My cousin’s daughter is making a list of things she’s grateful for. It’s a Thanksgiving-themed assignment for school. She asked for my help. And when a kid asks you for help, it makes you feel eleven feet tall.
“It would be an honor,” I said. “Thanks for asking me.”
“What made you choose me?”
“Well, I was thinking maybe you could write my list while I ride bikes with my friends.”
“Wait a second. Aren’t you gonna do any work?”
“Of course,” she explained. “I’ll be your editor. Now get busy.”
Well, I don’t mind naming items for which I am grateful. I will start by writing that I am grateful for cold weather.
Admittedly, I don’t love the weather itself, but I enjoy what the cold represents. It means November is here, it means the holidays are close, it means I have to put on my winter coat to use the toilet in my trailer home.
Gratefulness item number two: cinnamon brooms in the supermarket. Man I love these things. I could sniff them for hours in the grocery store.
I am grateful for sweet potato pies, and Butterball turkeys that are deep fried by men who wear overalls. And for squash casserole, green bean casserole, cheese potato casserole, hash brown casserole, collards, and cornbread dressing.
Reruns of the Andy Griffith Show. My late father’s Case pocket knife. And good music.
The is the time of year when radio stations play the old stuff. Nat King Cole, Dean Martin, Bing Crosby, Old Blue Eyes, and Alvin and the Chipmunks.
I am grateful for the way dogs wake you up in the morning. And for Hallmark Channel movies. Especially the cheesy movies that are about as clever as a scoop of ham salad.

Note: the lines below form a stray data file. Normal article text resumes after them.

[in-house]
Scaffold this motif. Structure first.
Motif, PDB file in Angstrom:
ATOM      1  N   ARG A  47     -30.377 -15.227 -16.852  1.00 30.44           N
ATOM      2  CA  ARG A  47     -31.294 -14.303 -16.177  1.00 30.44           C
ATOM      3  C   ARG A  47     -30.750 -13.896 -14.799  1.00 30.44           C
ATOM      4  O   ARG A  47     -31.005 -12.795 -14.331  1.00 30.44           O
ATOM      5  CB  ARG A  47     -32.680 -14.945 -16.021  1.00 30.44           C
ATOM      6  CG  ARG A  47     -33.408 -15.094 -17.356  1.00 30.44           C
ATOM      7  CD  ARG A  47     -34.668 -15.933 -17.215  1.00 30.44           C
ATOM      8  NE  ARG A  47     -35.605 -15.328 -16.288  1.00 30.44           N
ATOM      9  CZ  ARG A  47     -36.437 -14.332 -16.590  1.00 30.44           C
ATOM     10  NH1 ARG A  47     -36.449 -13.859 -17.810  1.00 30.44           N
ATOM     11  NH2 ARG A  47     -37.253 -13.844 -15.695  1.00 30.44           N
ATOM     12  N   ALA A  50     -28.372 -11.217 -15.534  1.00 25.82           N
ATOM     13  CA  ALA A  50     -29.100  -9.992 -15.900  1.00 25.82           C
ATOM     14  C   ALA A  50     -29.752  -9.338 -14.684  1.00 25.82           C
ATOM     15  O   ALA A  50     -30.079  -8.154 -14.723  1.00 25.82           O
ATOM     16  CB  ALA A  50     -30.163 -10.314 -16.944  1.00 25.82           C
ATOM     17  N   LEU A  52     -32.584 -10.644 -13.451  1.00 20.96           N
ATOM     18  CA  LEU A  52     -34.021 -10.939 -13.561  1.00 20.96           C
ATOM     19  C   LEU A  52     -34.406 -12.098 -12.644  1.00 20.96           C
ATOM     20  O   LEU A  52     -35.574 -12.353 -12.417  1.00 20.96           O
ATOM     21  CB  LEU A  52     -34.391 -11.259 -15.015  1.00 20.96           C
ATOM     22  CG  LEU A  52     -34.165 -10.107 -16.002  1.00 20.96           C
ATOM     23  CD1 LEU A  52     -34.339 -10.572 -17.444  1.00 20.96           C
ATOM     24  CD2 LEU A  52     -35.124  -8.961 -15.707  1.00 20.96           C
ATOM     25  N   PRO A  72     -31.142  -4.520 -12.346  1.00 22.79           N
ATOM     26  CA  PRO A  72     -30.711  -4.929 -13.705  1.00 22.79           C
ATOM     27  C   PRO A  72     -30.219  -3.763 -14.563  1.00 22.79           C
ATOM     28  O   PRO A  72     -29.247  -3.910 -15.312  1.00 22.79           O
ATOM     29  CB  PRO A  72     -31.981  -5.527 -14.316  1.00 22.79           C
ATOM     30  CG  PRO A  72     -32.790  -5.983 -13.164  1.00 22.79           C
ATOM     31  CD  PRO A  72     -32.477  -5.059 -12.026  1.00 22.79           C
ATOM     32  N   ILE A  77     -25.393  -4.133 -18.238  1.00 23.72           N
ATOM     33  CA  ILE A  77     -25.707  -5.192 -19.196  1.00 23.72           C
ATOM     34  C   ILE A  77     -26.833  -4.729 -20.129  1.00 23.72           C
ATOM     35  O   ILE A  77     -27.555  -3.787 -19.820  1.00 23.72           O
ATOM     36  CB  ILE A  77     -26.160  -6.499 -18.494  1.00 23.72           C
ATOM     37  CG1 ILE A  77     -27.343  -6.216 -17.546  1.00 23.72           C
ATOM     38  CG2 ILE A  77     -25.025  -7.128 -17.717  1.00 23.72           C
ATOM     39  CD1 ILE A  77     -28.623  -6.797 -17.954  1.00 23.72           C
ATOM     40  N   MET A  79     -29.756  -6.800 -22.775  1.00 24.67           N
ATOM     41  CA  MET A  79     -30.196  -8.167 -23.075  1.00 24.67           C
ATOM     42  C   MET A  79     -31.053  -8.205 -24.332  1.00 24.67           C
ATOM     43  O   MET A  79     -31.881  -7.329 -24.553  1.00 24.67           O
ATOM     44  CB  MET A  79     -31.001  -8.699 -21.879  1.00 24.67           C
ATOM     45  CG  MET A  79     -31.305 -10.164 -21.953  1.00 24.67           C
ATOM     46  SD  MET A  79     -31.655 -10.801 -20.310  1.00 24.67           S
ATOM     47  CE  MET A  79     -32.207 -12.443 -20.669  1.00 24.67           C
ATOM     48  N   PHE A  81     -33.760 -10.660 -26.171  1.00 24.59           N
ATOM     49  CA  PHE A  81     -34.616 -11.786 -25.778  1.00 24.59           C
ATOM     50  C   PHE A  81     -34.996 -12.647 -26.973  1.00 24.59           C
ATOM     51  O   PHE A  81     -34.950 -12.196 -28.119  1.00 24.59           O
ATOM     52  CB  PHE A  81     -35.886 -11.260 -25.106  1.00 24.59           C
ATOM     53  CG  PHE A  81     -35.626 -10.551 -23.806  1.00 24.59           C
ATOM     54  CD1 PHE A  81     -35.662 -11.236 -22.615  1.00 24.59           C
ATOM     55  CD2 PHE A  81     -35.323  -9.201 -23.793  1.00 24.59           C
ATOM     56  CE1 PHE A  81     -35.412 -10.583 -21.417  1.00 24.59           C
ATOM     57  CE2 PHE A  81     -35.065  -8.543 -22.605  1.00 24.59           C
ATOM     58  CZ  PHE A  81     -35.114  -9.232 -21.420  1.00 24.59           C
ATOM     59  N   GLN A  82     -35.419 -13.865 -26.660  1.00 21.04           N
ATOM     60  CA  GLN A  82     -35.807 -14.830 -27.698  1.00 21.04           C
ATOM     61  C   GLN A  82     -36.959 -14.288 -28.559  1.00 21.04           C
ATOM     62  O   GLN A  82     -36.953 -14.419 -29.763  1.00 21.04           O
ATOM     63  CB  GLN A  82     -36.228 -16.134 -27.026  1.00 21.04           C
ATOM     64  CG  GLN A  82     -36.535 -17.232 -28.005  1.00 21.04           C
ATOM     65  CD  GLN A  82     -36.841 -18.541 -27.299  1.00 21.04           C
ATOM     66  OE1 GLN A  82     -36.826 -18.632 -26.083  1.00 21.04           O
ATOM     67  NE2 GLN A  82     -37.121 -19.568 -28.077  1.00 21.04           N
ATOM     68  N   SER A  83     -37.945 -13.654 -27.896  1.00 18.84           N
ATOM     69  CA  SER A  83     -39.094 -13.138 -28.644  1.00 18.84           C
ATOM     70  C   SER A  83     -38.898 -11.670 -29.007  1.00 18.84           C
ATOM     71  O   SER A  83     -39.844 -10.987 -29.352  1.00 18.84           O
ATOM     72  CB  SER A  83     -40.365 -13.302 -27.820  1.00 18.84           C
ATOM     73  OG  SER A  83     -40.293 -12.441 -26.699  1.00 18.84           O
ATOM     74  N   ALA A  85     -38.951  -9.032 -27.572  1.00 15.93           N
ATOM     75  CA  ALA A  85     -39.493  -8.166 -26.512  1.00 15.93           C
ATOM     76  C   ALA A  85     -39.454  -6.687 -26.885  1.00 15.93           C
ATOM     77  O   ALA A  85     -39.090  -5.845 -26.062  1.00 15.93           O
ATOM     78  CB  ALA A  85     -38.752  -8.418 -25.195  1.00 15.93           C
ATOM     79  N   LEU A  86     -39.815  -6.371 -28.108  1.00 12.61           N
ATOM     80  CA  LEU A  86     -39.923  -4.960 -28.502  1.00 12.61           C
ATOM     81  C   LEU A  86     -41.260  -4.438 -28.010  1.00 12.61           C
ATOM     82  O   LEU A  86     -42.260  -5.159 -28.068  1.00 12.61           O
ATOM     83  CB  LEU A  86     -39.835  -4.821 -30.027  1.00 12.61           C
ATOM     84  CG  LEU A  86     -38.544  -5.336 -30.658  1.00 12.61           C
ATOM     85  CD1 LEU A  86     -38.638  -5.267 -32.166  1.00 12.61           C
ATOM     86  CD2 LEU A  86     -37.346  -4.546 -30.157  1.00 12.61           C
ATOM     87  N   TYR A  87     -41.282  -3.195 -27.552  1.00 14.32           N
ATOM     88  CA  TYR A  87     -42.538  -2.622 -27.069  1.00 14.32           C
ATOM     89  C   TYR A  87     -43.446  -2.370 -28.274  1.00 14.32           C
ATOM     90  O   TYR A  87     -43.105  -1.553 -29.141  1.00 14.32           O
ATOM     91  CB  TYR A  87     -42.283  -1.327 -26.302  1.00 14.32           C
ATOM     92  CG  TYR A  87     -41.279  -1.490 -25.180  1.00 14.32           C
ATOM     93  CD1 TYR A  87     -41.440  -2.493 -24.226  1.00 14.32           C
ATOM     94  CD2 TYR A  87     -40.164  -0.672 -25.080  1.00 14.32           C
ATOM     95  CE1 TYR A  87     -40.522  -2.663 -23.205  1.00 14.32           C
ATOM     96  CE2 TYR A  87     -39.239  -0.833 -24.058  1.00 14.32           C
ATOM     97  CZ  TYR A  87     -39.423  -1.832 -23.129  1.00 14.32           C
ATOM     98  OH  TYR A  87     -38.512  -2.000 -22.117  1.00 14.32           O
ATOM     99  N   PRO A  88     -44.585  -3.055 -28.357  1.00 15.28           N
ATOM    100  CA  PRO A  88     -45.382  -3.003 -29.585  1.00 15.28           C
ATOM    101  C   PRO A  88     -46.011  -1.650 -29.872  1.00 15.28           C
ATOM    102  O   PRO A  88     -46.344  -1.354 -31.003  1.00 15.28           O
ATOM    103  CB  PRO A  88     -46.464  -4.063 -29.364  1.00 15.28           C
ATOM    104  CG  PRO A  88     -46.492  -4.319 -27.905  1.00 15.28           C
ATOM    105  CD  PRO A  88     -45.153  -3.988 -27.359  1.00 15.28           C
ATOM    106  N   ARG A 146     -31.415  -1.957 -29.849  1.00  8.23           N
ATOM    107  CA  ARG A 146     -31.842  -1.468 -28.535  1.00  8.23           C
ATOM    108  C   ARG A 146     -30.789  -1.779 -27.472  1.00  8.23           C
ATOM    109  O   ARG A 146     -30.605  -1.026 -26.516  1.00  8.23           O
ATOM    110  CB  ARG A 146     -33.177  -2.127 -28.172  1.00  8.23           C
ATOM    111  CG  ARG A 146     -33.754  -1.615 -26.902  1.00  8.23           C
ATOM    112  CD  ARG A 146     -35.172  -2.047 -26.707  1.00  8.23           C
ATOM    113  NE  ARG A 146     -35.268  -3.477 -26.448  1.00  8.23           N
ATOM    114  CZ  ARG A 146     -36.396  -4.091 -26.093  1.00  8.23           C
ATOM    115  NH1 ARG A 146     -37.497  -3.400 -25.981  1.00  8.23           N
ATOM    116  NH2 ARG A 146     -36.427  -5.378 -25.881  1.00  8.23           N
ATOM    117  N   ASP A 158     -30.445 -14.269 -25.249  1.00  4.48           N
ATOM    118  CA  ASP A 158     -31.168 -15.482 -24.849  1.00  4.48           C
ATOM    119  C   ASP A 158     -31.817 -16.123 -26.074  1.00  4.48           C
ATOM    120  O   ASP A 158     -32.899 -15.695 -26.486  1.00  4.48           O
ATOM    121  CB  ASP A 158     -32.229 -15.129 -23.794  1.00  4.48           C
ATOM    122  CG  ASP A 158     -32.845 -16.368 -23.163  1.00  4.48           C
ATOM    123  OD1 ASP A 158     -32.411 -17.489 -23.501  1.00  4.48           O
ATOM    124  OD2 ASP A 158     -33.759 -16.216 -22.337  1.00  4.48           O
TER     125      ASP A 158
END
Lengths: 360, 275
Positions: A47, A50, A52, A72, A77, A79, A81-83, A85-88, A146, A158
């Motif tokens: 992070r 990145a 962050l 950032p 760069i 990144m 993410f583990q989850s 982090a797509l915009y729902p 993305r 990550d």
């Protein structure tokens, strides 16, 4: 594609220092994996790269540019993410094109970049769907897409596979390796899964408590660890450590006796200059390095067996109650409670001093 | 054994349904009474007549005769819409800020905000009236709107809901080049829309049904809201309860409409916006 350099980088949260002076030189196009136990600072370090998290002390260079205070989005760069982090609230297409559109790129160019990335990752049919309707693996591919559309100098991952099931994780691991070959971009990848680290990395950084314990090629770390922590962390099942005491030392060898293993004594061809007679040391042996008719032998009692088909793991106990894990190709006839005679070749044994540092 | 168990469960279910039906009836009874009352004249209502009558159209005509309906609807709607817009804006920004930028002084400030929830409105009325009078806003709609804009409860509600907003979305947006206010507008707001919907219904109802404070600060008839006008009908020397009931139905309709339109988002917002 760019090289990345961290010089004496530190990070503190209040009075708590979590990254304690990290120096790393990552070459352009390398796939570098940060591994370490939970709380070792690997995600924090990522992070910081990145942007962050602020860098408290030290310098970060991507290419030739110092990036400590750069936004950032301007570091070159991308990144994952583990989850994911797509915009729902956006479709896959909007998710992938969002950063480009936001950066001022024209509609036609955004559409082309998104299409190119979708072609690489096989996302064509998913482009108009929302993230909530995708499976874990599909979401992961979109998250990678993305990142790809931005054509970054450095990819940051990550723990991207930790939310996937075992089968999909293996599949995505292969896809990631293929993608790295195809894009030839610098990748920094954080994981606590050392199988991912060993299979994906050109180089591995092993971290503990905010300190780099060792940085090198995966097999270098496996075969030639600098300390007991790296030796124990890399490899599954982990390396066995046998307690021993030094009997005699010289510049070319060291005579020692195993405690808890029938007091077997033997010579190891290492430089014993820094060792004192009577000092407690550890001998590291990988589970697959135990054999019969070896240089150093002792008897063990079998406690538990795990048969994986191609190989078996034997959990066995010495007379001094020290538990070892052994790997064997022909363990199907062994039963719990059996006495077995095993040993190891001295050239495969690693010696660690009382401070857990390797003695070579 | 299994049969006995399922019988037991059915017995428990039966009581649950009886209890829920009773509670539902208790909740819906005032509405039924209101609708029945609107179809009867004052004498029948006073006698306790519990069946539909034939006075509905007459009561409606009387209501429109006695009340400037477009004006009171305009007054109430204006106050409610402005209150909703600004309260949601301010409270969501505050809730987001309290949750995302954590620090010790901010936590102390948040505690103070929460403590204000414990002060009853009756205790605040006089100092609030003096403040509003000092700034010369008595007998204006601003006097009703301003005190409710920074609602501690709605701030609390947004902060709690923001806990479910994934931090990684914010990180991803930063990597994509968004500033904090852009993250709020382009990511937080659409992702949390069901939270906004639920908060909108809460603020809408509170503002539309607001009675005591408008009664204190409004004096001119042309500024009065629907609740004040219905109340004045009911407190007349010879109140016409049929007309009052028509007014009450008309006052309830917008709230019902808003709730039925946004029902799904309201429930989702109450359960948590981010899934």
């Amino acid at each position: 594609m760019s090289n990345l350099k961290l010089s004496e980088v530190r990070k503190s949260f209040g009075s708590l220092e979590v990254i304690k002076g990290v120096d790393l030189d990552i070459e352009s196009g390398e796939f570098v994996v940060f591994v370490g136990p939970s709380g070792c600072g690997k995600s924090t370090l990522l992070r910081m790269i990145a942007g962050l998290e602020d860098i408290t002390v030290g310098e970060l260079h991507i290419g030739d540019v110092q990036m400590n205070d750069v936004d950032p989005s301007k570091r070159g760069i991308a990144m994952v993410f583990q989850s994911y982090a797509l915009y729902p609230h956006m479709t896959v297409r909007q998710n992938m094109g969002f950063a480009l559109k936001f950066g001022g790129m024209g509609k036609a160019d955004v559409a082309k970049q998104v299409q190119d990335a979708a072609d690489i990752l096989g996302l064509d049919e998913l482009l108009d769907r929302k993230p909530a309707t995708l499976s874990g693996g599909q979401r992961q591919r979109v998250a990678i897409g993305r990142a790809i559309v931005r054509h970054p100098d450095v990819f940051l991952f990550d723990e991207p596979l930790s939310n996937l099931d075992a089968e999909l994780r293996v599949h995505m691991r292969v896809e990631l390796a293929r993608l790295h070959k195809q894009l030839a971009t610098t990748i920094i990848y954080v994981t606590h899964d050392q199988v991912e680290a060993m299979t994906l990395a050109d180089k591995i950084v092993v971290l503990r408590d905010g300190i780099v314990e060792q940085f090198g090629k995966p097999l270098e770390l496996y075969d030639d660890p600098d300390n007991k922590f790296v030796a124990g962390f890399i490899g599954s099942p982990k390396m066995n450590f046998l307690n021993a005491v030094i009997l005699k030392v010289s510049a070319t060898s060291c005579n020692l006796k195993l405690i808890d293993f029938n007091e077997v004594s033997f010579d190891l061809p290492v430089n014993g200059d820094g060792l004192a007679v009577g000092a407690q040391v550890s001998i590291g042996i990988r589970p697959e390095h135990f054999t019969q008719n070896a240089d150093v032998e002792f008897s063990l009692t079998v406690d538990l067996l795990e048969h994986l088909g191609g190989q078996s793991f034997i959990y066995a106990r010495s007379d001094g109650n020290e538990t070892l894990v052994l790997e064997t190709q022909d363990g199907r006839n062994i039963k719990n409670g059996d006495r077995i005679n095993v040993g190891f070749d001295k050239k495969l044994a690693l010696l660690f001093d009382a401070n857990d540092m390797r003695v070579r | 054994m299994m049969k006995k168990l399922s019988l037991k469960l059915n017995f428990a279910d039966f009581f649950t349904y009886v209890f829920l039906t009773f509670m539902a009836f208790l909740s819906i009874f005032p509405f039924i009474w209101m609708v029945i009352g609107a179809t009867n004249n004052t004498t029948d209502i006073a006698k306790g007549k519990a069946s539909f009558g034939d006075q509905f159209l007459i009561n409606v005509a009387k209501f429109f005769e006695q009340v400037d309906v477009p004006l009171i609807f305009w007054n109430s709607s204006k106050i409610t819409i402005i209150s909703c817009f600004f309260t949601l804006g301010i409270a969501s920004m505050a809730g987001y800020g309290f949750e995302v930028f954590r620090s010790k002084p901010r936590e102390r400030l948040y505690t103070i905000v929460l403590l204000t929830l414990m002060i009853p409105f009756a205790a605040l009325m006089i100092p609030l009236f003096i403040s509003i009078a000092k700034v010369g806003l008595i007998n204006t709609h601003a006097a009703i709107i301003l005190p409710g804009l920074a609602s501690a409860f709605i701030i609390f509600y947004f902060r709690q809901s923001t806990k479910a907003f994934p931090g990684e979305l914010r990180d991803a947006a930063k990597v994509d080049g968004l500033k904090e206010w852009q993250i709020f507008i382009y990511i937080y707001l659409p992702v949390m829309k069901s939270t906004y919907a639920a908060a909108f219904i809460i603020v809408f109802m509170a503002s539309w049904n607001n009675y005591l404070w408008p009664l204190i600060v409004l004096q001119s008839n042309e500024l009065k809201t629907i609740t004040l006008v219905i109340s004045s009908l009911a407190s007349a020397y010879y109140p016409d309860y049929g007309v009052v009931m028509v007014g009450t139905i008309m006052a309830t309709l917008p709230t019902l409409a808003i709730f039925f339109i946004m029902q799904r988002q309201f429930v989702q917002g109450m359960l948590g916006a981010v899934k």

The plots all go something like this:
Beautiful young business woman from big city visits her hometown after twenty years and falls in love with a handsome flannel-shirt-wearing widower and former country-music singer who owns a golden retriever named Max and is trying to save his town from bankruptcy by opening a Christmas bakery with his lovable but prediabetic grandpa, George. Boy gets girl. They kiss. The end. I could watch these movies until April.
I also love cast iron cookware, old coffee cans of bacon grease, the taste of pepper gravy, Conecuh sausage, gaudy socks, and the aroma of truck exhaust on a cold morning.
I am grateful for the way my wife looks when she’s sleeping. Her face relaxes, and she snores gently with her mouth open.
In moments like that, I like to see how many cocktail peanuts I can carefully place into her open mouth without waking her. My all-time record is nineteen. When she awoke, she spit out the peanuts, and tried to gut me with a set of car keys.
I am thankful for the way the sun comes out and warms the world when we need it most. The sun is poking through the clouds while I write this. And it’s enough to make you stop and stare.
My cousin’s daughter is still riding bikes with friends, laughing. She breezes into the driveway, then slams her brakes. She is out of breath, rosy cheeked, and alive with childhood. An entire lifetime is ahead of her, and she doesn’t even know it.
I was her age once. I was happy, like her. And I believed in things. Big things. But then life happened. Our family fell on hard times, I lost myself. The details don’t matter because my story is your story.
Life is hard. Sooner or later, everyone learns this. It’s no revelation. Life is unfair, unforgiving, indifferent, and out to kill you—at least that’s what some people believe.
But I don’t believe that.
Not that it matters what I think, but if you ask me, life is artwork, hanging on a museum wall. Not a single stroke of paint is out of place. It’s magnificent. And I hope one day to see this painting from the Other Side. Maybe then, I’ll see how good things, bad things, and the sad things join to make a breathtaking portrait.
And how everything matters. Both the great, and the minuscule. From cinnamon brooms, to the hours spent in a hospital waiting room. Neighborhood cats, cheesy movies, and the way my mother hugs me and refuses to let go before I do.
“Are you done with my list?” my cousin’s daughter says.
“Yeah, I’m done.”
“Hey!” she says, inspecting my work. “You misspelled ‘cinnamon.’ I thought you were supposed to be a freakin’ writer, man.”